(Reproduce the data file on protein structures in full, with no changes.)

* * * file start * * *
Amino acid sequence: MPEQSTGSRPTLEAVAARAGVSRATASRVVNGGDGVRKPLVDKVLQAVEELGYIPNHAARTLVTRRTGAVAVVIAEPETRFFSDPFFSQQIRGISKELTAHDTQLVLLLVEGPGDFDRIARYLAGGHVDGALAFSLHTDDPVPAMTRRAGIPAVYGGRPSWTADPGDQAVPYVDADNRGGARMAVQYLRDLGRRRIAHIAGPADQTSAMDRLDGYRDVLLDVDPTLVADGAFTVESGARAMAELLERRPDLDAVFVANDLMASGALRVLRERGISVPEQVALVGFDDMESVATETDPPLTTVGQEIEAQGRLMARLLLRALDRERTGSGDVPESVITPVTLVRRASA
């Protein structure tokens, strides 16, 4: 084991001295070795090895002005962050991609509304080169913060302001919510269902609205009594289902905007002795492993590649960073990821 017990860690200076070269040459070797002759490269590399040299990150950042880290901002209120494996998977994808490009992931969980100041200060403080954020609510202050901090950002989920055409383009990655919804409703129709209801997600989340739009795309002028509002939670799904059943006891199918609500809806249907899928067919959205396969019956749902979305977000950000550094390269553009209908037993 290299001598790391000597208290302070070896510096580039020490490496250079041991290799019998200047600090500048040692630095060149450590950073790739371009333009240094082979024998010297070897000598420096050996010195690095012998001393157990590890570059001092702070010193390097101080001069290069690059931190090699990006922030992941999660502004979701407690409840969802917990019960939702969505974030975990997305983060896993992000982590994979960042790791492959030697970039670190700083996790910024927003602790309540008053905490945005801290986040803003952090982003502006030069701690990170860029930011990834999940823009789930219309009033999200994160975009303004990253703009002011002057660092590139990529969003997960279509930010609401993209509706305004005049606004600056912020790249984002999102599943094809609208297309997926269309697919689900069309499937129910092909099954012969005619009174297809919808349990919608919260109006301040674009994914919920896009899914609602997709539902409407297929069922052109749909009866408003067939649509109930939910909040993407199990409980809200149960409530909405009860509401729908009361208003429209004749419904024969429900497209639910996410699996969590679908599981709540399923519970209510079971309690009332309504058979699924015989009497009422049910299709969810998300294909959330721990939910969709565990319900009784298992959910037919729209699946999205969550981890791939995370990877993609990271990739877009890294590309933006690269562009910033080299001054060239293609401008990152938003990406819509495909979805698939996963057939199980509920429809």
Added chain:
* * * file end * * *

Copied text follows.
Amino acid sequence: MPEQSTGSRPTLEAVAARAGVSRATASRVVNGGDGVRKPLVDKVLQAVEELGYIPNHAARTLVTRRTGAVAVVIAEPETRFFSDPFFSQQIRGISKELTAHDTQLVLLLVEGPGDFDRIARYLAGGHVDGALAFSLHTDDPVPAMTRRAGIPAVYGGRPSWTADPGDQAVPYVDADNRGGARMAVQYLRDLGRRRIAHIAGPADQTSAMDRLDGYRDVLLDVDPTLVADGAFTVESGARAMAELLERRPDLDAVFVANDLMASGALRVLRERGISVPEQVALVGFDDMESVATETDPPLTTVGQEIEAQGRLMARLLLRALDRERTGSGDVPESVITPVTLVRRASA
């Protein structure tokens, strides 16, 4: 084991001295070795090895002005962050991609509304080169913060302001919510269902609205009594289902905007002795492993590649960073990821 017990860690200076070269040459070797002759490269590399040299990150950042880290901002209120494996998977994808490009992931969980100041200060403080954020609510202050901090950002989920055409383009990655919804409703129709209801997600989340739009795309002028509002939670799904059943006891199918609500809806249907899928067919959205396969019956749902979305977000950000550094390269553009209908037993 290299001598790391000597208290302070070896510096580039020490490496250079041991290799019998200047600090500048040692630095060149450590950073790739371009333009240094082979024998010297070897000598420096050996010195690095012998001393157990590890570059001092702070010193390097101080001069290069690059931190090699990006922030992941999660502004979701407690409840969802917990019960939702969505974030975990997305983060896993992000982590994979960042790791492959030697970039670190700083996790910024927003602790309540008053905490945005801290986040803003952090982003502006030069701690990170860029930011990834999940823009789930219309009033999200994160975009303004990253703009002011002057660092590139990529969003997960279509930010609401993209509706305004005049606004600056912020790249984002999102599943094809609208297309997926269309697919689900069309499937129910092909099954012969005619009174297809919808349990919608919260109006301040674009994914919920896009899914609602997709539902409407297929069922052109749909009866408003067939649509109930939910909040993407199990409980809200149960409530909405009860509401729908009361208003429209004749419904024969429900497209639910996410699996969590679908599981709540399923519970209510079971309690009332309504058979699924015989009497009422049910299709969810998300294909959330721990939910969709565990319900009784298992959910037919729209699946999205969550981890791939995370990877993609990271990739877009890294590309933006690269562009910033080299001054060239293609401008990152938003990406819509495909979805698939996963057939199980509920429809």
Added chain: